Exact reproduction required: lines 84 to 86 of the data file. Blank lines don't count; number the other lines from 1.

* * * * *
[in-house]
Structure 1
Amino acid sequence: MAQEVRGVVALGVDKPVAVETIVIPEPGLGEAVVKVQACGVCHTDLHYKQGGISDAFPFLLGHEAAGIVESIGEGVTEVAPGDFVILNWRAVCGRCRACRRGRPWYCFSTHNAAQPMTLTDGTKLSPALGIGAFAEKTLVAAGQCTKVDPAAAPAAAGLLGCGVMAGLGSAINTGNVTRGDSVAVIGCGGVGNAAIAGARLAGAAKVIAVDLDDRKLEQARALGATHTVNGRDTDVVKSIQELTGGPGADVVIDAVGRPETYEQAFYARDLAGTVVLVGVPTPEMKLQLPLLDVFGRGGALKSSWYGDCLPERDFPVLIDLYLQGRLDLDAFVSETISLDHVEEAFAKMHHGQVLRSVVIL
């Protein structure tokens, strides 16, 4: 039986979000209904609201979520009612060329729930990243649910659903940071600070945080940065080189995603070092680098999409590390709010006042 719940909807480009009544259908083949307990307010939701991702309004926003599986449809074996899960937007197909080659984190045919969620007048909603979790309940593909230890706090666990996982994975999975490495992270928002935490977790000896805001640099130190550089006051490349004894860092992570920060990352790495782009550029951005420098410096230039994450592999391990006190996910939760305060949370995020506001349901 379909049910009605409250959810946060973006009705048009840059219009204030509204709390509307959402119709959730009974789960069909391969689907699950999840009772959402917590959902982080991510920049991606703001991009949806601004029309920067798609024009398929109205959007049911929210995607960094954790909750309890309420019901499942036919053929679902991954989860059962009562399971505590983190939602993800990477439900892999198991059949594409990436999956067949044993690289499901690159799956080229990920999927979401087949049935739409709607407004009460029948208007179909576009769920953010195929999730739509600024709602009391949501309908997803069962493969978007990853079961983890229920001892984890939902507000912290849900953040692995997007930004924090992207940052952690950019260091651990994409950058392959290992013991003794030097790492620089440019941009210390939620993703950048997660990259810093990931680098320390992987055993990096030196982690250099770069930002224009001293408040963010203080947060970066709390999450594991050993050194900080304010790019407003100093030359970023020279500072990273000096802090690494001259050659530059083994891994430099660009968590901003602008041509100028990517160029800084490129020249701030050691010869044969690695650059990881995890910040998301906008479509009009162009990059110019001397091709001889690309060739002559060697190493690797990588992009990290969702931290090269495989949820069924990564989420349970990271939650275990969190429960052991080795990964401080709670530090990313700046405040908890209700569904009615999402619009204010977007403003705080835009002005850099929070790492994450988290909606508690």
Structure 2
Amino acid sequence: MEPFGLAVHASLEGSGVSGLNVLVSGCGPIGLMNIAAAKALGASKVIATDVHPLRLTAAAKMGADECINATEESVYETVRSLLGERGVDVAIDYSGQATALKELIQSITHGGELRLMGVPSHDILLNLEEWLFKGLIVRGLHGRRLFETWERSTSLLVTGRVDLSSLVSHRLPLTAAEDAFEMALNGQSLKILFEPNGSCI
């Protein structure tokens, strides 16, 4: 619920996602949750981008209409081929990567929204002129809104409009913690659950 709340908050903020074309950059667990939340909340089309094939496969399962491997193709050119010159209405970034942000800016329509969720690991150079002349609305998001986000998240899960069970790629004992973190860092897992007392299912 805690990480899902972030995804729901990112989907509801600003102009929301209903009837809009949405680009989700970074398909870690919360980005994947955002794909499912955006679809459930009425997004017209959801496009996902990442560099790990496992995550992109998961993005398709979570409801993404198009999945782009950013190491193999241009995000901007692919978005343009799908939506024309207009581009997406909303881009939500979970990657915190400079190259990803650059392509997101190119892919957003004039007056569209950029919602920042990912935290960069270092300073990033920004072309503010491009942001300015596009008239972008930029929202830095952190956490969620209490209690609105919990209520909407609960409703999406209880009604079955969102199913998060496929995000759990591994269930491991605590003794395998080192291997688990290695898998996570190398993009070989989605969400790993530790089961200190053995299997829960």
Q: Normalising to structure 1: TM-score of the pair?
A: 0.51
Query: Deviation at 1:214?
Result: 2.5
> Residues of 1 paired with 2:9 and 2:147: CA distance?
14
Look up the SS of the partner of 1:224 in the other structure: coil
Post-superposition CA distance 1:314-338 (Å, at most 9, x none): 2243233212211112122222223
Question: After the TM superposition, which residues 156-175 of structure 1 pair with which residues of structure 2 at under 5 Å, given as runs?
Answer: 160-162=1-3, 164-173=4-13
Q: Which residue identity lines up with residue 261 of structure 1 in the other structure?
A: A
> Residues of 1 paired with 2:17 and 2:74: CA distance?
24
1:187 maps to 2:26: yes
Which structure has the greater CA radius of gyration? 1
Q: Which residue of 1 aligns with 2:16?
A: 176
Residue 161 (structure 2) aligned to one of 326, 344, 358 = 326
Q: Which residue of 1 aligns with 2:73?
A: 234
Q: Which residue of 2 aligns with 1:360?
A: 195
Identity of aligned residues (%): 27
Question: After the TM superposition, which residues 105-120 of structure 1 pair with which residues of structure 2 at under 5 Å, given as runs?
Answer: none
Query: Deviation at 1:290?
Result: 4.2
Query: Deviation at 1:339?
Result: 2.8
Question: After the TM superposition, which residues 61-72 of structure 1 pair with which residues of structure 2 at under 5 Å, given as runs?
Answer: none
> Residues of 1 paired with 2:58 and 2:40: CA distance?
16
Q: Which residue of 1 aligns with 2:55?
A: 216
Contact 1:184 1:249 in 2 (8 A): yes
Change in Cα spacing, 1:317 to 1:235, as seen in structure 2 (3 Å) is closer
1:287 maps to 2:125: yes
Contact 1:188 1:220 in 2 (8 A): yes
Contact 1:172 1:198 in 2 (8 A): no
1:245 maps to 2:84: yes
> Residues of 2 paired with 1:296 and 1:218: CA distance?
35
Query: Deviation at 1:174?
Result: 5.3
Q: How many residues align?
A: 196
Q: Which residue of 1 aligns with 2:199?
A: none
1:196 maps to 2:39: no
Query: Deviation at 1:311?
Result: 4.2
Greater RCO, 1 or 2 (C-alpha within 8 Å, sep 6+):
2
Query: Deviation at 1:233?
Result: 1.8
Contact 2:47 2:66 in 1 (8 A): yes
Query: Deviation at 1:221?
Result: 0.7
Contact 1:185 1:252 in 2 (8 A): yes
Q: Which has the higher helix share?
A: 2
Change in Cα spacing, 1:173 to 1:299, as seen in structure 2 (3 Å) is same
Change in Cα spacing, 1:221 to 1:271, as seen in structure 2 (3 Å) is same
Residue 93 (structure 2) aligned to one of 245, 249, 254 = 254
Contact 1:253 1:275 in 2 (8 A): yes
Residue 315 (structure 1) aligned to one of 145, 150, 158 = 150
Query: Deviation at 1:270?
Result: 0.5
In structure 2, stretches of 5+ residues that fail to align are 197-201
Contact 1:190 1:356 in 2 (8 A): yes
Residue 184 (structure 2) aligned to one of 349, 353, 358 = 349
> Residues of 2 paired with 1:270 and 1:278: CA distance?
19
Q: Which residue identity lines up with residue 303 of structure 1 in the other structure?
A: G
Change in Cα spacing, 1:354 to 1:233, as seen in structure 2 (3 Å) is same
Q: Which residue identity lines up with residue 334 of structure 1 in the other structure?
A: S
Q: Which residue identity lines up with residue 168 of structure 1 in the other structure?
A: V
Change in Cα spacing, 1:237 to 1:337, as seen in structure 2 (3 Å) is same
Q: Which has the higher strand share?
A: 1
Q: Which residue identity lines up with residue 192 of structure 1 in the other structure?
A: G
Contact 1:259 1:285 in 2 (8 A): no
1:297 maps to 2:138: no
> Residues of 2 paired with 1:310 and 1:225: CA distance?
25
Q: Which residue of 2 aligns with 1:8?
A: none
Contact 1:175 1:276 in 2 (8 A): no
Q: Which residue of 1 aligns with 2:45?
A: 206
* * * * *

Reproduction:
A: G
Change in Cα spacing, 1:354 to 1:233, as seen in structure 2 (3 Å) is same
Q: Which residue identity lines up with residue 334 of structure 1 in the other structure?